40 Post contains images aloges : Al Kyder and Terry Wrist... Thanks for the link!
41 ROSWELL41 : So this proposed policy would only be applied if you were designated for secondary screening such as after setting off a metal detector? Or would it b
42 Quokkas : Going purely on reports in the press, it would appear to be random in much the same way that individuals at present can be selected to undergo an exp
43 ROSWELL41 : I fear too that some governments will slowly attempt to make these scanners the only form of screening. Considering the limitations of these devices,
44 UALWN : And in this regard the 9/11 terrorist have won. Sad.
45 miami1 : Time and time again almost every night on the 6 o'clock news we hear reference to Australia being a " nanny " state , that meaning an over regulated n
46 vhtje : I have a titanium pin in my left leg and I would much rather go through a scanner than be patted down. When I go through the metal detectors the pin i
47 PHLJJS : The tissue was the reason you got the pat down. The body scanner saw an anomaly in your pocket (the tissue) and flagged you for the pat down to find
48 planejamie : Why do people get so worked up over these full body scanners. If you went to the doctor for a lot of X-Rays to be done, you wouldn't complain and it w
49 csavel : So not being up on Australian politics, which Australian politician got wads of ca$h, um down under? After all Michael Chertoff made himself some seri
50 jetfuel : A medical X-Ray might save your life and it is a calculated risk. Being FORCED to be X-rayed is a totally different thing. Imagine people that travel
51 ORDBOSEWR : So a few uninformed questions (sorry, I tried to read all of the posts, but may have missed the answers if already given): What about medical exceptio
52 aeroblogger : False. Going through a lot of X-Rays will most certainly affect you. Perhaps not tomorrow, but in the long run, subjecting yourself to excess ionizin
53 kdhurst380 : This has been the case in the UK since their introduction, and it's going to be happening a lot more in the future. Deal with it.
54 ULMFlyer : I've recently broken my collarbone, which means that, even after getting off the sling, I won't be able to fully raise my left arm for a while. I must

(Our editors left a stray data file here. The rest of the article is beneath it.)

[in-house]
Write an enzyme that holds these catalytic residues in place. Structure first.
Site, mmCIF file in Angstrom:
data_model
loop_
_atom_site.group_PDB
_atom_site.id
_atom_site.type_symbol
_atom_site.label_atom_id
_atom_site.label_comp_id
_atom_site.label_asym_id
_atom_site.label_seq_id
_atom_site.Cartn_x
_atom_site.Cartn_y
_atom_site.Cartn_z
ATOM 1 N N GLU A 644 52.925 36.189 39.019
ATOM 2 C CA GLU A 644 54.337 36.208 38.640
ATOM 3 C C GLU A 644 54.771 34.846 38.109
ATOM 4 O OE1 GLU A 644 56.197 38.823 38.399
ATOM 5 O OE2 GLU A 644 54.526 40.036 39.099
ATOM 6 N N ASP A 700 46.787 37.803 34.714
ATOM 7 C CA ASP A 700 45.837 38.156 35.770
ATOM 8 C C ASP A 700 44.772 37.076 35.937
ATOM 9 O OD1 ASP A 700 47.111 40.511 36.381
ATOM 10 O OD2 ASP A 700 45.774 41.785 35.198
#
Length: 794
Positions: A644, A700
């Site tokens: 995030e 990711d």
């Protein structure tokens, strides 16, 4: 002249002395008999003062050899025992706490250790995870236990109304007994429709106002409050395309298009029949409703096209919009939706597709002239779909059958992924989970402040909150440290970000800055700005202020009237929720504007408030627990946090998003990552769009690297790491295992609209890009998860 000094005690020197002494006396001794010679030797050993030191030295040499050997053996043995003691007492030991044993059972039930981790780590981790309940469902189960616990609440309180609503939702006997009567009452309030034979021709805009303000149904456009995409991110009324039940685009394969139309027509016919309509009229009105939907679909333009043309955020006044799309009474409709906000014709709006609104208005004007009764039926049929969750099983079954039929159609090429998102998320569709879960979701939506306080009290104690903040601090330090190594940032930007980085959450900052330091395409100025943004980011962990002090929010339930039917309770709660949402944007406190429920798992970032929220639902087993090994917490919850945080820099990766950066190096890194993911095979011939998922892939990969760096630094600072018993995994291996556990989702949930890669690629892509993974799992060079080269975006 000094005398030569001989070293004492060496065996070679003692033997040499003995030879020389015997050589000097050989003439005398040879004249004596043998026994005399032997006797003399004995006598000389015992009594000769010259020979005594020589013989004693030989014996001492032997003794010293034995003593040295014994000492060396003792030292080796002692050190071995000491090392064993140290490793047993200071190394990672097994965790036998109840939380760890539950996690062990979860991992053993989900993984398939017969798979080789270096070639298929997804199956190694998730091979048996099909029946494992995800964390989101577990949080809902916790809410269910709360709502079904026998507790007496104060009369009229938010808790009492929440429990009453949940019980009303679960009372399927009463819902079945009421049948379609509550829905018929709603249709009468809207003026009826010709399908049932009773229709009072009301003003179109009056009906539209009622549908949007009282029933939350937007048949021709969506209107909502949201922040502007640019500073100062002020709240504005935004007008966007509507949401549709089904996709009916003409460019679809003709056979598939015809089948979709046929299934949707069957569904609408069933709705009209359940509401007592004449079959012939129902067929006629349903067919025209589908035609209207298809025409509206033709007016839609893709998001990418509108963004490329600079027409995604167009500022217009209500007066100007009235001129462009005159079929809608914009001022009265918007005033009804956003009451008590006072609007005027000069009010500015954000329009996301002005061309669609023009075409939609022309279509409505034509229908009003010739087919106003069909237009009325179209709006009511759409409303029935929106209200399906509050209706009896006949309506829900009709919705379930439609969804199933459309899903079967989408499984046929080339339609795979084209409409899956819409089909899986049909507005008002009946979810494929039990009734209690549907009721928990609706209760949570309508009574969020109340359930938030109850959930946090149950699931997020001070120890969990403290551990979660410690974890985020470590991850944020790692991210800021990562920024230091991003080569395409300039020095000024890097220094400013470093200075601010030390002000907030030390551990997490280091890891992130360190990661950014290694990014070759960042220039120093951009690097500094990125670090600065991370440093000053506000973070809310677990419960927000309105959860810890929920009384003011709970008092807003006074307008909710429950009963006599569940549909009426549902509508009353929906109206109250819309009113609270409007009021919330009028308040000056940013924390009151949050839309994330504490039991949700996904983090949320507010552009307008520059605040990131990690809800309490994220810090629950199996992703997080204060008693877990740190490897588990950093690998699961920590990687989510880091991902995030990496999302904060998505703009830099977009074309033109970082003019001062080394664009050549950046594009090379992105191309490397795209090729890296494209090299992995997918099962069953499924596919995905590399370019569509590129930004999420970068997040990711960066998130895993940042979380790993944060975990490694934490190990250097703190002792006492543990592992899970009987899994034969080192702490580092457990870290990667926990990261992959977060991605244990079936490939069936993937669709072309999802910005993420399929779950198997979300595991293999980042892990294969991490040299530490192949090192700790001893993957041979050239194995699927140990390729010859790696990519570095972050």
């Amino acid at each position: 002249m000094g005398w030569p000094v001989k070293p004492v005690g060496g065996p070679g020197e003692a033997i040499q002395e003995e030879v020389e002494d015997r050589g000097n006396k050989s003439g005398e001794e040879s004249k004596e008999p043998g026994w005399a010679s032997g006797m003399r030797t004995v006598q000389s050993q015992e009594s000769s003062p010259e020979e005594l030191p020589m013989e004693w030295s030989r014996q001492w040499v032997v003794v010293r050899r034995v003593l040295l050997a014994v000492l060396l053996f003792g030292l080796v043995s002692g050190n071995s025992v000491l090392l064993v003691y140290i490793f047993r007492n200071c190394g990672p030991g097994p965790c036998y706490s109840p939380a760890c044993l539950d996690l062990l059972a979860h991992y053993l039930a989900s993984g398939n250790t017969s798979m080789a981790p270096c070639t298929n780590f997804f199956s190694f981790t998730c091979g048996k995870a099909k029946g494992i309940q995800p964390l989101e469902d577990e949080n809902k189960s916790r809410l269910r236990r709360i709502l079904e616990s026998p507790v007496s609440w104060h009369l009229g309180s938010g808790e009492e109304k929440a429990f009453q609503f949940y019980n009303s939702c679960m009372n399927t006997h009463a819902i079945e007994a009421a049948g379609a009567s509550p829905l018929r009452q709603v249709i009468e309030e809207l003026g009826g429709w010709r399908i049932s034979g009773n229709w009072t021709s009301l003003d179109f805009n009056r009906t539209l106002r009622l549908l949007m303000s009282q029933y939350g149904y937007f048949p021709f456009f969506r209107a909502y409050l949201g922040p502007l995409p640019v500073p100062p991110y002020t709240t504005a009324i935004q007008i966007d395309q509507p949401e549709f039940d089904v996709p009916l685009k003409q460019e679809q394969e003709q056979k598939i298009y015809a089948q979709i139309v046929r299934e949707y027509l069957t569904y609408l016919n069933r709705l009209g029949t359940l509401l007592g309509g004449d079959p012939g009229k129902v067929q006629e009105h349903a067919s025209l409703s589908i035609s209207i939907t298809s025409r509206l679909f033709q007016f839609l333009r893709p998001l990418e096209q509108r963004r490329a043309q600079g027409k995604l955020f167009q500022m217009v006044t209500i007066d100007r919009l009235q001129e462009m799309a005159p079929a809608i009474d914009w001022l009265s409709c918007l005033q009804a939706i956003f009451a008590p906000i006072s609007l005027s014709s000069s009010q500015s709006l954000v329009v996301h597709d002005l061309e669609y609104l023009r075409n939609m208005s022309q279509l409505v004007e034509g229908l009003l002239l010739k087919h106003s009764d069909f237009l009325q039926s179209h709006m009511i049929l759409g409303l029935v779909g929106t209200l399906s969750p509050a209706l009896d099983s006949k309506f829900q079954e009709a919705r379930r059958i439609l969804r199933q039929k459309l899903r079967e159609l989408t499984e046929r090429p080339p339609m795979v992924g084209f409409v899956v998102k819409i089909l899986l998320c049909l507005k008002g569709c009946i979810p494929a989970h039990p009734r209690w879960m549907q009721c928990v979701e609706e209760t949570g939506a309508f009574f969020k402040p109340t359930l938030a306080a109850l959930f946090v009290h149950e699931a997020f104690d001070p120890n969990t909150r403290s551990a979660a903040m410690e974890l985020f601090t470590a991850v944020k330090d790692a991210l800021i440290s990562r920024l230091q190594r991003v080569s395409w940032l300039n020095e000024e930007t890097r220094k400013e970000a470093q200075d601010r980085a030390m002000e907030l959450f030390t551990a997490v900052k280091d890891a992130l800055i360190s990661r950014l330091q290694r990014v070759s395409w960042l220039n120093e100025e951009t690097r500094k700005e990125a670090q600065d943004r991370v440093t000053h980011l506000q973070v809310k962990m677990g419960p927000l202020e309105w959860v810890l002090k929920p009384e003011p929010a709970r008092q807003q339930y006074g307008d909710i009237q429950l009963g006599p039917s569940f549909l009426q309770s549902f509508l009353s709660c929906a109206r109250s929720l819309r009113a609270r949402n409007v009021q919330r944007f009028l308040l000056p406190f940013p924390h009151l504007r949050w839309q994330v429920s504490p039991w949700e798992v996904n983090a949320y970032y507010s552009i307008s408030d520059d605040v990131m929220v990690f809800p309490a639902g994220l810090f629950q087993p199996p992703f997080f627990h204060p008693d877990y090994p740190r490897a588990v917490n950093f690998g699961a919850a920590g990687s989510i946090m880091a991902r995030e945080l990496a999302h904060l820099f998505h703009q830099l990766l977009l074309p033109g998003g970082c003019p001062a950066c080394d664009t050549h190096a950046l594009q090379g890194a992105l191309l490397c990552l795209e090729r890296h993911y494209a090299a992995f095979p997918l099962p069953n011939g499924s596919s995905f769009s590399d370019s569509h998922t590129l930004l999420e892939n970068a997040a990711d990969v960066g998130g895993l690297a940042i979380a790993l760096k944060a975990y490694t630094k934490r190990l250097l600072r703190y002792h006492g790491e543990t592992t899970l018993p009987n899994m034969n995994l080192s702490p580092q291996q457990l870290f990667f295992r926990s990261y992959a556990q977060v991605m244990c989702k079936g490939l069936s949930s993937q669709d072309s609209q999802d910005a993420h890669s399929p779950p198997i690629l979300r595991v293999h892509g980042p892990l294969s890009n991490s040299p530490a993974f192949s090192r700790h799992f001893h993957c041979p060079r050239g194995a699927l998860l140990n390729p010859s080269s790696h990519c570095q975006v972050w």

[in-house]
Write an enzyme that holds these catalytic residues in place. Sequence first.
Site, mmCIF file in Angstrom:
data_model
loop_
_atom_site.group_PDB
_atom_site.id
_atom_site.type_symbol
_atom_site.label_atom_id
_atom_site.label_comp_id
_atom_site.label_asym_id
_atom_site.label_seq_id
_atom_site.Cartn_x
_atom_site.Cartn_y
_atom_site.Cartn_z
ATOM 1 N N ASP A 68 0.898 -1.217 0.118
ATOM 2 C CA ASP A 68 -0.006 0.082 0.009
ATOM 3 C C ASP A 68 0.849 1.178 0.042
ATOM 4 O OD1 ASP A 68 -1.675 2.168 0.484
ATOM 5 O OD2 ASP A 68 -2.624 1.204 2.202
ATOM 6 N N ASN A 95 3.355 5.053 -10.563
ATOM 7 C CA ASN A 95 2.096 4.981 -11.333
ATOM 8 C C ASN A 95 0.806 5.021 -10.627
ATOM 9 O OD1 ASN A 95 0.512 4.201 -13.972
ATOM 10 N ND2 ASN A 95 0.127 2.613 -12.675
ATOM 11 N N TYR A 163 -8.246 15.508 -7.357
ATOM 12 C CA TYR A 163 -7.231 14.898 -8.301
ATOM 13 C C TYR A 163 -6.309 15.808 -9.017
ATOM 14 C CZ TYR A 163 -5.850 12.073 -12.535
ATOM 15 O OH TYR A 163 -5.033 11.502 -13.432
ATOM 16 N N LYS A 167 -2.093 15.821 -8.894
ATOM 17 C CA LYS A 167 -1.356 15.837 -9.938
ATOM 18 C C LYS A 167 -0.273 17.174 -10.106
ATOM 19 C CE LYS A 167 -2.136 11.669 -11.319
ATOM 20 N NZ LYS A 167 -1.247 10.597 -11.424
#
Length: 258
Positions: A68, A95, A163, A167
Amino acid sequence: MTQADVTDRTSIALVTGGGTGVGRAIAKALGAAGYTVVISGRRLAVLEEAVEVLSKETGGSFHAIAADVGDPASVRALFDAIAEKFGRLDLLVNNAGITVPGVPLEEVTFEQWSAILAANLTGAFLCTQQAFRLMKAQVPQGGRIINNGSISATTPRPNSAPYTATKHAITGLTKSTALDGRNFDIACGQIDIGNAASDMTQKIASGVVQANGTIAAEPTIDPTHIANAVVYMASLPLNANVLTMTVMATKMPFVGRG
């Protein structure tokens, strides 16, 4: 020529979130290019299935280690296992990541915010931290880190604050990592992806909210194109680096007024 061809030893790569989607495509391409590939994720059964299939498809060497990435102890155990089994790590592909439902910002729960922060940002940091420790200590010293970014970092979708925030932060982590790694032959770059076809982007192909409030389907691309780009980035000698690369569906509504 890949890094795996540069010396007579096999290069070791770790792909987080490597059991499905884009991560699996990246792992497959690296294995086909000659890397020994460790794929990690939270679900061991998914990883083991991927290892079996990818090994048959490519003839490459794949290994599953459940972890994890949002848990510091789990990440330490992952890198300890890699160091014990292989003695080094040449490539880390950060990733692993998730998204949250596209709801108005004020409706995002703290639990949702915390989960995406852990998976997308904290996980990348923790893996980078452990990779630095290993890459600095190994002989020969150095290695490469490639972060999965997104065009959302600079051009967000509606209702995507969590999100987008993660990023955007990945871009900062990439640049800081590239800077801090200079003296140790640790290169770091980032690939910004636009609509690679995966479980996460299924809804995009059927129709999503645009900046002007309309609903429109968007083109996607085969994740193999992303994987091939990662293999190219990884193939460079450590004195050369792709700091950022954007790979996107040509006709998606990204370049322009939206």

55 Quokkas : Medical exemptions will apply but the final details have not yet been made available because the bill has not been presented to Parliament. What the
56 western727 : Hear, hear. Having a mother who died of cancer last summer, this is a sensitive matter to me. I have been opting out when selected for the x-ray at a
57 planesmith : Amen to that...
58 escapehere : I agree with you strongly about your concerns of radiation with these scanners. However, just FYI, you will most likely get more radiation exposure f
59 Post contains images escapehere : It depends on your age, but these kind of cancers can sometimes take 20-30 years to appear. The risk is very low, but there is absolutely a risk so y
60 TheRedBaron : ok AUSTRALIA off the list... from my places to go now.
61 gemuser : Plastic shackales work pretty well. If you actually damaged the machine it would, of itself, be a terrorist act. 25-35 years in prison would be the r
62 ORDBOSEWR : I was simply asking if the originating flights from countries other than Australia will have to adhere to this policy. Thereby creating additional re
63 shamrock604 : Funny that, because I have flown several hundred times, never had anyone see "my weiner" and still have not been blown out of the sky by a bomb!!!! O
64 Wsp : There are billions to be made from all that high-tech that is being rolled out to control travel, communications and ultimately every aspect of life.
65 shamrock604 : I completely agree with you about the billions being spent on security hardware - but, I stand by my comment that it is a far cheaper option for gove
66 Ruscoe : I presume there will continue to be Medical Exemptions for pacemakers etc???? Ruscoe
67 bcworld : That doesn't quite add up. If Australia is just towing the line why do it's liquid regs go further than the EU rules? I'm talking about secondary liq
68 bcworld : I travel domestically in Australia all the time without ever showing any ID.